Victory is not possible.
Tuesday, May 17, 2011
Victory is not possible.
Via Next World TV:
Learn more about how you can Find Your Way to fight against fracking athttp://earthjustice.org/fracking
By Warren Richey, Christian Science Monitor
The US Supreme Court on Monday turned away an appeal by five foreign nationals seeking to reinstate a lawsuit claiming they were kidnapped and tortured overseas at the direction of the Central Intelligence Agency.
The high court acted without comment. The case involved the US government’s use of the so-called state secrets privilege to have certain lawsuits immediately thrown out of court when they touch on sensitive national security issues.
The five men were all suspected of being Islamic militants. They alleged in a lawsuit filed by the American Civil Liberties Union that they were victims of a secret US policy called extraordinary rendition.
US officials have acknowledged that such a policy existed, but the government nonetheless urged the courts to throw the case out because the litigation would disclose state secrets.
The dismissal by the high court comes after a period of years when both the Bush and Obama administrations have increasingly invoked the state secrets doctrine to quash lawsuits seeking independent judicial oversight to examine allegations of civil and human rights violations – including torture – by the US government.
Executive officials have successfully used the doctrine to block lawsuits challenging the warrantless surveillance of US citizens by the National Security Agency and to block judicial review of the capture of an innocent German national who was held incommunicado and interrogated in Afghanistan for four months before being released, without apology. He was deposited in the middle of the night on a deserted road in Albania.
The state secrets privilege is a court-created doctrine that directs judges to dismiss cases that would require the disclosure of highly sensitive government secrets. When the government can show that the very subject matter of a lawsuit would publicly reveal sensitive national security information, the doctrine suggests judges should defer to the requests of the executive branch.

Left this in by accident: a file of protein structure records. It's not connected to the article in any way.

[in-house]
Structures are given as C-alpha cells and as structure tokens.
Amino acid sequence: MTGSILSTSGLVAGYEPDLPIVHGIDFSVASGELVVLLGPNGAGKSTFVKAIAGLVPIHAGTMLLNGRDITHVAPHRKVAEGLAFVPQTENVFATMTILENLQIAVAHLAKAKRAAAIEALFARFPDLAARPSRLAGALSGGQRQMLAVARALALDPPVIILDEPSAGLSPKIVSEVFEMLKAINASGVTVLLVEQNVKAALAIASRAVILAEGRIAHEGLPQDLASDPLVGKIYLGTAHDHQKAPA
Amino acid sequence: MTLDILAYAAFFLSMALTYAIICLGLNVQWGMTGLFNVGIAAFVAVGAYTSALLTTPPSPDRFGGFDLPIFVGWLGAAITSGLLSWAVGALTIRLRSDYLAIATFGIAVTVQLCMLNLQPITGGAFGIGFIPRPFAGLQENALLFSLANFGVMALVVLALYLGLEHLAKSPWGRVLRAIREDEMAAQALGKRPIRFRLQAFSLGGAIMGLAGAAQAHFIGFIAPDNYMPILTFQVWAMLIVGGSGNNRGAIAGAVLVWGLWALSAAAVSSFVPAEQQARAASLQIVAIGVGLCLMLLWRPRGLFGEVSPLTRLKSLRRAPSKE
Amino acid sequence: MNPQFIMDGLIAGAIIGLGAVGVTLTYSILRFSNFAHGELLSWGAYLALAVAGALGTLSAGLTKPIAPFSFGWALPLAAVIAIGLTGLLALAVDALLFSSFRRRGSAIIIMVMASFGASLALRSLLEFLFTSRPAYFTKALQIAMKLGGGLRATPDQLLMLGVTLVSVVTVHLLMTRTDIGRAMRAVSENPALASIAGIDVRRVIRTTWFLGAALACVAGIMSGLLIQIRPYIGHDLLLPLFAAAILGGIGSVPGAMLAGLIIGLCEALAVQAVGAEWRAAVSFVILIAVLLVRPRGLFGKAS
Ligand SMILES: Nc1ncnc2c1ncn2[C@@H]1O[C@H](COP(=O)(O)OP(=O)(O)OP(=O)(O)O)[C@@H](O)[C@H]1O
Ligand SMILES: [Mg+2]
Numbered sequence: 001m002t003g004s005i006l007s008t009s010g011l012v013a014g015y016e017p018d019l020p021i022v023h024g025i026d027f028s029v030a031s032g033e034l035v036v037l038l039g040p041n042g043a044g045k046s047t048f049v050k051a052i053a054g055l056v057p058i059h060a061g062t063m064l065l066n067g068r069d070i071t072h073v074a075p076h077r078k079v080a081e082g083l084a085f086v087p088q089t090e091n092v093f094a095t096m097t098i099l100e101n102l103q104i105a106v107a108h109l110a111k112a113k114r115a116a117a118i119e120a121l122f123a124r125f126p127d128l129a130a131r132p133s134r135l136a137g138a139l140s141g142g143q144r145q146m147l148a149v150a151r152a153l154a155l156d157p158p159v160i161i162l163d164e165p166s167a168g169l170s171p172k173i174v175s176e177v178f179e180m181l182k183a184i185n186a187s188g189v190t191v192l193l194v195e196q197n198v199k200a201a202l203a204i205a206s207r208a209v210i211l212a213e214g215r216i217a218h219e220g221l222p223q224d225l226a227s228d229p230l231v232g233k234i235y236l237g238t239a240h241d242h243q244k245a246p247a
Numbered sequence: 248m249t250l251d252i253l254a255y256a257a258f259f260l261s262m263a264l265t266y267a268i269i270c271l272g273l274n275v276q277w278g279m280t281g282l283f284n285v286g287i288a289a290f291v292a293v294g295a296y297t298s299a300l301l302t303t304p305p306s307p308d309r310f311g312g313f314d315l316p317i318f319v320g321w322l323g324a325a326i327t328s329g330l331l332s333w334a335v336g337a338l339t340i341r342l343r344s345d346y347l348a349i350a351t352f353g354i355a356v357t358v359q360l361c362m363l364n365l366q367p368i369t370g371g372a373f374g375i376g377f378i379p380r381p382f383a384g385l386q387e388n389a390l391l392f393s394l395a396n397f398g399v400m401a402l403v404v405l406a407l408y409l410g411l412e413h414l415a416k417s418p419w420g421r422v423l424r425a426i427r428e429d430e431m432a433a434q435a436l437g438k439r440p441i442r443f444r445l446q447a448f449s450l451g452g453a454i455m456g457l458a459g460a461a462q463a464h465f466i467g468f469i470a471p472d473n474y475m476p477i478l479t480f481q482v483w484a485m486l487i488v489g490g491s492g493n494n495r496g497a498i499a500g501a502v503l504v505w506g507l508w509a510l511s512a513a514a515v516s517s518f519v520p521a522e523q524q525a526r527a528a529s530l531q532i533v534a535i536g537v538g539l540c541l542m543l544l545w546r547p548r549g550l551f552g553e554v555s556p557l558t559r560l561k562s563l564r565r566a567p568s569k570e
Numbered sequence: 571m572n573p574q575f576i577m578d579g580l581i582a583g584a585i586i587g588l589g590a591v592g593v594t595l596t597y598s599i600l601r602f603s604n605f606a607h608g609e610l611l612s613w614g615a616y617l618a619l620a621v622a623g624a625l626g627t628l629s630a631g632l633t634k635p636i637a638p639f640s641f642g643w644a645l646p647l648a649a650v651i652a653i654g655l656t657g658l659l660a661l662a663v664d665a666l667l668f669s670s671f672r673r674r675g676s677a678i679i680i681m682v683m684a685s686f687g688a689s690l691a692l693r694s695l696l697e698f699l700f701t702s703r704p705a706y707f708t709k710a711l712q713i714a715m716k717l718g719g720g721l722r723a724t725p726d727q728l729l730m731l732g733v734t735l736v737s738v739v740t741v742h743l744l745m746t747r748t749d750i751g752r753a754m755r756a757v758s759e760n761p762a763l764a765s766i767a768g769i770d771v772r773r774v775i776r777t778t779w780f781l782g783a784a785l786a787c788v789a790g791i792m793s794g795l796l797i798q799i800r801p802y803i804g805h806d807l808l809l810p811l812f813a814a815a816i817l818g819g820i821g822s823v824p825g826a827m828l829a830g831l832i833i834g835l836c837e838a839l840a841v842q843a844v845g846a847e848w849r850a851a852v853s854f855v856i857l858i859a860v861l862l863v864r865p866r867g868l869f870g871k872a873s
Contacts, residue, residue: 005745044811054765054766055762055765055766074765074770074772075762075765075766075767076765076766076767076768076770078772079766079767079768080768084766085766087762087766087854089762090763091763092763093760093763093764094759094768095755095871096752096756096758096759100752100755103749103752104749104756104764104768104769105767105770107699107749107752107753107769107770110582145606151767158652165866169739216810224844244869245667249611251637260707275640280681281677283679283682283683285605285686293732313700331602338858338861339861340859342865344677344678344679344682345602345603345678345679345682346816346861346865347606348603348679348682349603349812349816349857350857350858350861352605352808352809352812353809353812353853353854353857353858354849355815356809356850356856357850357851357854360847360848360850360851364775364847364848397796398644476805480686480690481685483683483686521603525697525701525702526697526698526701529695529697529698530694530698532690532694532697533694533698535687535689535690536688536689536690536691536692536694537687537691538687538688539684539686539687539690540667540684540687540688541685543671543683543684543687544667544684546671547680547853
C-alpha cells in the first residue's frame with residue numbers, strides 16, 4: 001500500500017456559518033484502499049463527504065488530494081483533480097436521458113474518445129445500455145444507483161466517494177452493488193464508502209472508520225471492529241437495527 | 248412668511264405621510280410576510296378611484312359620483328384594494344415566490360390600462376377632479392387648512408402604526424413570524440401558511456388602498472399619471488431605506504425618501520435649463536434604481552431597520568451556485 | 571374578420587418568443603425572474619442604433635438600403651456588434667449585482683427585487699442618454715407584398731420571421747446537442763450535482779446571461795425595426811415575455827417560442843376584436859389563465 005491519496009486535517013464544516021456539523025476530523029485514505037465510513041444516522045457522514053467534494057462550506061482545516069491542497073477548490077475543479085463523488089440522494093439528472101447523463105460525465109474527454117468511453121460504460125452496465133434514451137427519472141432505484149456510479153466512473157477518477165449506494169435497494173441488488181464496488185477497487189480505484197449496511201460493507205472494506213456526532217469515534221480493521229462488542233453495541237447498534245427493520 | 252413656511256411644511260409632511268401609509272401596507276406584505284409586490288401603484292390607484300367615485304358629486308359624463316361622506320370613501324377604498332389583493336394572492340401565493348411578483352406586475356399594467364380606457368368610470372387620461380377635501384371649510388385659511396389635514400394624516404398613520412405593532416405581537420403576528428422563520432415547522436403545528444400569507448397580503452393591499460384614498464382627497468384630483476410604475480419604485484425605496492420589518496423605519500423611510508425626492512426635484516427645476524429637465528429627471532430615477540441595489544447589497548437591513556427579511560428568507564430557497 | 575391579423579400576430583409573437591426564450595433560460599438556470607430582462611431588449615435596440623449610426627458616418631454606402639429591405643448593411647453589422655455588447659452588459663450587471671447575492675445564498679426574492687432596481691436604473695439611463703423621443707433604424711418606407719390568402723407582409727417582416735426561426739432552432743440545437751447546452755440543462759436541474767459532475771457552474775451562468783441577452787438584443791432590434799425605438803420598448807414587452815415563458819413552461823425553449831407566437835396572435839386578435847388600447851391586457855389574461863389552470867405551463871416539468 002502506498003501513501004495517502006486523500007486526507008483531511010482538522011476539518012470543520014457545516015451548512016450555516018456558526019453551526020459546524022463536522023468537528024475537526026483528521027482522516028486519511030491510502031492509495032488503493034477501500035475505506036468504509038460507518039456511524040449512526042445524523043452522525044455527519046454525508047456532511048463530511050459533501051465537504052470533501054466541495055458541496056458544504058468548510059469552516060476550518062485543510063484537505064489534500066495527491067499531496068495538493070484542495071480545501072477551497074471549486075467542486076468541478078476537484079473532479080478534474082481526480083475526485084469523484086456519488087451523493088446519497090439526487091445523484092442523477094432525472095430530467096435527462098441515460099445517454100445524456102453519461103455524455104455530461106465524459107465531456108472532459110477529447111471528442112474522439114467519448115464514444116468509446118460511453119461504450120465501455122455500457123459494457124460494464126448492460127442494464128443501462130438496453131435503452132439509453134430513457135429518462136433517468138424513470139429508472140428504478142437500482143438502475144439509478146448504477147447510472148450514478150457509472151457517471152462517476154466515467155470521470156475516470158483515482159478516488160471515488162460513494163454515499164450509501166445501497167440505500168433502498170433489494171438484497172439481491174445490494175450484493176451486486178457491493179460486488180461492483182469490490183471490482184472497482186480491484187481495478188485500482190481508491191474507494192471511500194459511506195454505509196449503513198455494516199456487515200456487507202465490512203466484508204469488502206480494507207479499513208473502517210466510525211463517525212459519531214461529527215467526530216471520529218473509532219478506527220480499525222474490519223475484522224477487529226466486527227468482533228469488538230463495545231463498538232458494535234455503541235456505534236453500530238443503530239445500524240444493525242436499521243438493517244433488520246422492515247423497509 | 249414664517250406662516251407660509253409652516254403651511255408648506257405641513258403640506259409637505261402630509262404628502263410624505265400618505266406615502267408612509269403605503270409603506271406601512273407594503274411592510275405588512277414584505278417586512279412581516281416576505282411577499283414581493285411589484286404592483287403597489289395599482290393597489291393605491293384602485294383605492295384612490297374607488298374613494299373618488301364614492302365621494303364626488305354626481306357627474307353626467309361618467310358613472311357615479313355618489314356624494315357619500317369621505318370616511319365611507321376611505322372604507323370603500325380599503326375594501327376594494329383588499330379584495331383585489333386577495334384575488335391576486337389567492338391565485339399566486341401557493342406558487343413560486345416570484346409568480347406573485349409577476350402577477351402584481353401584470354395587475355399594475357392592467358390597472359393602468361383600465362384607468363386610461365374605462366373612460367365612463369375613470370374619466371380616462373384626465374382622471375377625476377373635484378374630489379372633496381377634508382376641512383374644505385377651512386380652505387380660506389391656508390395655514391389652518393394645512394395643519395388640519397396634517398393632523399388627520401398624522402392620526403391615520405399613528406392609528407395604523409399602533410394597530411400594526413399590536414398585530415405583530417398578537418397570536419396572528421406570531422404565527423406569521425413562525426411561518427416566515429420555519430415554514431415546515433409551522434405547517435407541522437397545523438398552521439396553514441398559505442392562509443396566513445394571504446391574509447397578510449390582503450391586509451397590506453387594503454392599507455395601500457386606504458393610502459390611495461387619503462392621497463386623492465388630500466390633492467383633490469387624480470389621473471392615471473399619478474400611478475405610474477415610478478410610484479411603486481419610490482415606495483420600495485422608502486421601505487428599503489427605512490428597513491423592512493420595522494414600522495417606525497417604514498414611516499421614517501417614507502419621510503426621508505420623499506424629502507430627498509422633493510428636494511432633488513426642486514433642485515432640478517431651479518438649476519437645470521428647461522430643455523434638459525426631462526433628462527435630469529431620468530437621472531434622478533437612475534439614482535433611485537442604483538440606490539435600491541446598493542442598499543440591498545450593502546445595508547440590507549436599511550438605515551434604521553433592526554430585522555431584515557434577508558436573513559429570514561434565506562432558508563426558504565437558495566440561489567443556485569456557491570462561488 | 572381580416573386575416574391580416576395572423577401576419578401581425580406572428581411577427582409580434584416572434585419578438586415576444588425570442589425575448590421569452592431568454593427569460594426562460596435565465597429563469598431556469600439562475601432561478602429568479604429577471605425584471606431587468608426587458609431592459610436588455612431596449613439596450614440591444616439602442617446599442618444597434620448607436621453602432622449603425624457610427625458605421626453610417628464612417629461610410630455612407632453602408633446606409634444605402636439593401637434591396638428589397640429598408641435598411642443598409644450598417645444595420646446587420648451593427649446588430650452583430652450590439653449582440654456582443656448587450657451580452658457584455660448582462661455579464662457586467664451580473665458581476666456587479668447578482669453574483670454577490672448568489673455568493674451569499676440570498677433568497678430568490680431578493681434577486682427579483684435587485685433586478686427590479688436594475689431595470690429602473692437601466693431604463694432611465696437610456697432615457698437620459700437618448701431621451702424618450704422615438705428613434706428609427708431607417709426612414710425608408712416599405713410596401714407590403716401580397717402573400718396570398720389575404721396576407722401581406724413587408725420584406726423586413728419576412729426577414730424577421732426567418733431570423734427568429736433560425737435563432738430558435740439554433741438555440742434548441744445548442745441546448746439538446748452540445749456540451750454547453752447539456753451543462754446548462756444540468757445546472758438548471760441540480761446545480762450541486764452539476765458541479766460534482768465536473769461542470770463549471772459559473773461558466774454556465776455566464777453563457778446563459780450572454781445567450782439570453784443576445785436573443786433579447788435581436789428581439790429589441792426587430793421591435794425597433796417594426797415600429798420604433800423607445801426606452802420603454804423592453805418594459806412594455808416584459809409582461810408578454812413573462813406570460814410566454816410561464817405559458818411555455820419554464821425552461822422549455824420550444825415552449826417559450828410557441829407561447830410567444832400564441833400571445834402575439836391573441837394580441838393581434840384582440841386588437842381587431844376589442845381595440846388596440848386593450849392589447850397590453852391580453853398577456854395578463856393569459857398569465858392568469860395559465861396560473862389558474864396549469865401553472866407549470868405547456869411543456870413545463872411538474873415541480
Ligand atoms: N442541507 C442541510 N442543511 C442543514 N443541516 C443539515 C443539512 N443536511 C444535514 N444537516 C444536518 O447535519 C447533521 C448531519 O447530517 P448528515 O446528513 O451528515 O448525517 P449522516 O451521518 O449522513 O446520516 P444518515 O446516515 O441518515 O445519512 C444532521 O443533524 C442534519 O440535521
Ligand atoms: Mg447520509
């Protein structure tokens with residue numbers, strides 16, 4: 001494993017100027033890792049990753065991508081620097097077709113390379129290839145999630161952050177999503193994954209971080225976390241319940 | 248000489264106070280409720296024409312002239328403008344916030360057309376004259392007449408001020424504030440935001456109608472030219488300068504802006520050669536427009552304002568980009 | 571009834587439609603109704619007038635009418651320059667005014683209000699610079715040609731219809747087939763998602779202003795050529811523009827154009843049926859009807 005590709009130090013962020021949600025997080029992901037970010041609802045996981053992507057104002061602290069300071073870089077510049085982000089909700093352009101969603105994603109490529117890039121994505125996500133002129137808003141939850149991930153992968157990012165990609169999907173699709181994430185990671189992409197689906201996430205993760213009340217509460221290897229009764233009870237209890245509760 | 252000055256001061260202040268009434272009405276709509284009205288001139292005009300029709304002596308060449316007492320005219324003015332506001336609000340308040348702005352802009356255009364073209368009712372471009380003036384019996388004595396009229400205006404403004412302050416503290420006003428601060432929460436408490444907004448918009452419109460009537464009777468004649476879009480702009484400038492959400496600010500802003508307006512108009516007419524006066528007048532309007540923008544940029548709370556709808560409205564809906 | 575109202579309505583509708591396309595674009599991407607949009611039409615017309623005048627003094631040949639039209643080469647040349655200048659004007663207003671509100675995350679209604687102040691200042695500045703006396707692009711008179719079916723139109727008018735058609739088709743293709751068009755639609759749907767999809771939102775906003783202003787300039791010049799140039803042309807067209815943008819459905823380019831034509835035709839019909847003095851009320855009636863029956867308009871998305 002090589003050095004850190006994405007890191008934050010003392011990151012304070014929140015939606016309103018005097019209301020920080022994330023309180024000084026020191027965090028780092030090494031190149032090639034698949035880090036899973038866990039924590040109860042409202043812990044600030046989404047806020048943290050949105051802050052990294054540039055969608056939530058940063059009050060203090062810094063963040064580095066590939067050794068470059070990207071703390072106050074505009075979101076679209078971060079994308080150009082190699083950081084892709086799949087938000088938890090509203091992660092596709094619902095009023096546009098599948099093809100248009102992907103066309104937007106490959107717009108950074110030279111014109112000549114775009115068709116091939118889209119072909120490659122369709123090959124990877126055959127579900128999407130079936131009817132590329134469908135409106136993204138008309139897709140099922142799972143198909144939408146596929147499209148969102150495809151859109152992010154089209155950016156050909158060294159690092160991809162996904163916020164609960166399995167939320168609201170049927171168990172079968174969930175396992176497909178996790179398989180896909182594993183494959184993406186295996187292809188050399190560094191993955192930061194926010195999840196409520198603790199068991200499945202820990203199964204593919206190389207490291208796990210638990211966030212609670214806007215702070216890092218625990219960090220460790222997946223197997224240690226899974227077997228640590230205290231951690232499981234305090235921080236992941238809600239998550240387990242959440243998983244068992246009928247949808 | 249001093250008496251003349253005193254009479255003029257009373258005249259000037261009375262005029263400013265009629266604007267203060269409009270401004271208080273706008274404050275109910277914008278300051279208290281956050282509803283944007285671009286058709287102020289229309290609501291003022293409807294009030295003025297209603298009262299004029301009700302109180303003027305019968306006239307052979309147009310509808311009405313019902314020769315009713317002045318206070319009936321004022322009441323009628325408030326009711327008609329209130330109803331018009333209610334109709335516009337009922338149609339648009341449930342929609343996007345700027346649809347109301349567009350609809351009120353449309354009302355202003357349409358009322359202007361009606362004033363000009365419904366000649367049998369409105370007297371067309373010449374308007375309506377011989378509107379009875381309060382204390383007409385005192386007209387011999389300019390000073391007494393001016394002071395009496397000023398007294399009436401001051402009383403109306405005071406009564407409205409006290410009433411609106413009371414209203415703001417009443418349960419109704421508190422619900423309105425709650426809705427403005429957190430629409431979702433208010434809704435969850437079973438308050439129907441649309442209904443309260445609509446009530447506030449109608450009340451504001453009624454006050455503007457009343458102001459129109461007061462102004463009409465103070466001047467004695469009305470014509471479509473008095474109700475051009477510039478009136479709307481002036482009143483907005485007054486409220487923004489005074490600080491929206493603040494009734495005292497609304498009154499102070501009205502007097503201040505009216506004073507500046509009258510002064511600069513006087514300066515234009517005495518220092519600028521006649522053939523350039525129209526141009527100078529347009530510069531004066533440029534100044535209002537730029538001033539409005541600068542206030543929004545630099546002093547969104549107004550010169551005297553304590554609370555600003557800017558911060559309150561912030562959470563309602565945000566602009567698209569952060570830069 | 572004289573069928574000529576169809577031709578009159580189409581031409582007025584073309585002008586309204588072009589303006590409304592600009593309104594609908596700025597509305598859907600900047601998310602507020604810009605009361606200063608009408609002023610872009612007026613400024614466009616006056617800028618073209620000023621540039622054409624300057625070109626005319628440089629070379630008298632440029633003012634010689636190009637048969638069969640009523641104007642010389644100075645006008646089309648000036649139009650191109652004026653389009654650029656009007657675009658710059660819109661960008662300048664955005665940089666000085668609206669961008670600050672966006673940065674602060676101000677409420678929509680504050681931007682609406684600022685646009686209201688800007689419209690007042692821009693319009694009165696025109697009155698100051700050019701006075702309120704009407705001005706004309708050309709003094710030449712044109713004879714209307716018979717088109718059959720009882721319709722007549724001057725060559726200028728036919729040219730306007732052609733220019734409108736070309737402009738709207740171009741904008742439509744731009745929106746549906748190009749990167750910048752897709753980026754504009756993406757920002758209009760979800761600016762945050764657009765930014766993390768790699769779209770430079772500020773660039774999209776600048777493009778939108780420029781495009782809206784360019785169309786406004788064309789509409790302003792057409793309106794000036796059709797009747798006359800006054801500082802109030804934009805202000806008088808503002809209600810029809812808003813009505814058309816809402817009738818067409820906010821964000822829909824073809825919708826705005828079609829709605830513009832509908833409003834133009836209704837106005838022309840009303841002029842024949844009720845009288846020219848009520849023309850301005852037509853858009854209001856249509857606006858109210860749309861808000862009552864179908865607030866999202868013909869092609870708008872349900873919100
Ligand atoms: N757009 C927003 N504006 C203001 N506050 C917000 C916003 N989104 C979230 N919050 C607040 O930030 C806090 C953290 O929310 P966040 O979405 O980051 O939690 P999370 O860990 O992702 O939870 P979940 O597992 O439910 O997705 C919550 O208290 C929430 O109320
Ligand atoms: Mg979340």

Lawyers for the five men say the issue raises fundamental questions about whether the federal courts are properly serving their constitutional role as an independent check on executive authority. It is up to the courts to hold the government accountable for alleged illegal conduct against individuals, they say.
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Daniel Bourgeois comments at the Telegraph-Journal
Anarchy is a political philosophy that argues for a stateless society (no rulers). Though one finds its roots in ancient Greece, anarchy found credibility in the works of Jean-Jacques Rousseau (the moral centrality of individual freedom), and especially in the 1800s in the works of Pierre-Joseph Proudhon (political abstention and small property) and Mikhail Bakunin (collective properties). After the Second World War, the welfare state rang the death knell of anarchy, though it appears sporadically as a reaction to stifling states, as was the case in many countries in the 1960s.
Moncton Councillor Daniel Bourgeois has posed a procative question: why should the 254,000 residents of New Brunswick's local service districts be forced to accept a level of governance and expense that they have not chosen? He argues that the provincial government could address the imbalance in taxation between local service districts and municipalities without creating costly new levels of government or forcing regional amalgamations.
Anarchists strive to abolish political authority. Instead of formal governments, societies would be governed by all citizens through regular collective decision-making. Josiah Warren's "voluntary communities," wherein goods and services were private and exchanged freely, is a good example.
Today, anarchy would find few fertile grounds. Despite growing demands for private health care and education, societies are hesitant to take significant steps to that end. And no one is calling for private police and fire services. Thus, although the welfare state is no longer an omnipotent and omnipresent beast, it is still relevant. And it will remain so until we find a better alternative.
To its credit, the welfare state has managed to make anarchy an unpalatable governance alternative.
But anarchy is alive and well in New Brunswick, though changes are afoot to uproot it for good. The Finn report wants to impose representative democratic government on unincorporated areas, but it does not show why this is better than plebiscites that give citizens 'direct' democracy.
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